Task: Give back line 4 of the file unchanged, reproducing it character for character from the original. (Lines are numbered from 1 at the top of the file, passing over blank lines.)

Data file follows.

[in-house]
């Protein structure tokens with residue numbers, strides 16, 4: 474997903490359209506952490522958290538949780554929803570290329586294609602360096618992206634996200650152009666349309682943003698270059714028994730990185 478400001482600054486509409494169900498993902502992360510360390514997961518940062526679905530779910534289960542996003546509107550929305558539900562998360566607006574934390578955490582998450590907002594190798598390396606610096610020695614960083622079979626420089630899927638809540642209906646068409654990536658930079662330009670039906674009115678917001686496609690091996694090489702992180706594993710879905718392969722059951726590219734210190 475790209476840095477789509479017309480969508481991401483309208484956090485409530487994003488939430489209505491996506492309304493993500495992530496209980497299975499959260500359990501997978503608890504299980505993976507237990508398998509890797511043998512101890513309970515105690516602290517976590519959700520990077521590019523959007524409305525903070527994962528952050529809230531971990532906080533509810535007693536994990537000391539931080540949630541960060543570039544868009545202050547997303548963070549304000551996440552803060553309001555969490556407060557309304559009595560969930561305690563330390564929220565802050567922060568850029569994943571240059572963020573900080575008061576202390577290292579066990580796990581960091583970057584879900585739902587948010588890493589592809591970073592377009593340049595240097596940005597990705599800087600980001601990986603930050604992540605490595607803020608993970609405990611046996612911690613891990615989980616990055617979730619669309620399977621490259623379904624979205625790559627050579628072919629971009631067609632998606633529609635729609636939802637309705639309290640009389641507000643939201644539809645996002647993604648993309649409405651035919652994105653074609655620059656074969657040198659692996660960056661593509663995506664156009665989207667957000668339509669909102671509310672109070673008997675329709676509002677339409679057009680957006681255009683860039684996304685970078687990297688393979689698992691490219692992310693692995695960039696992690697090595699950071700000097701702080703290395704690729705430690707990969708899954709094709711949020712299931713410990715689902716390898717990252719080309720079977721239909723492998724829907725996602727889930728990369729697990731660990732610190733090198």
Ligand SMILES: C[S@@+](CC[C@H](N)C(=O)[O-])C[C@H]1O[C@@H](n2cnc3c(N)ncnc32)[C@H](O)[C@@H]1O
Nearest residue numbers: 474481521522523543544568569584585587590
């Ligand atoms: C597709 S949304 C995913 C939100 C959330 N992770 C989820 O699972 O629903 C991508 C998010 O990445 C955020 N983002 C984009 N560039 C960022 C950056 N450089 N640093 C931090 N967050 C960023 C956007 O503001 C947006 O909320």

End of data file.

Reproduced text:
Nearest residue numbers: 474481521522523543544568569584585587590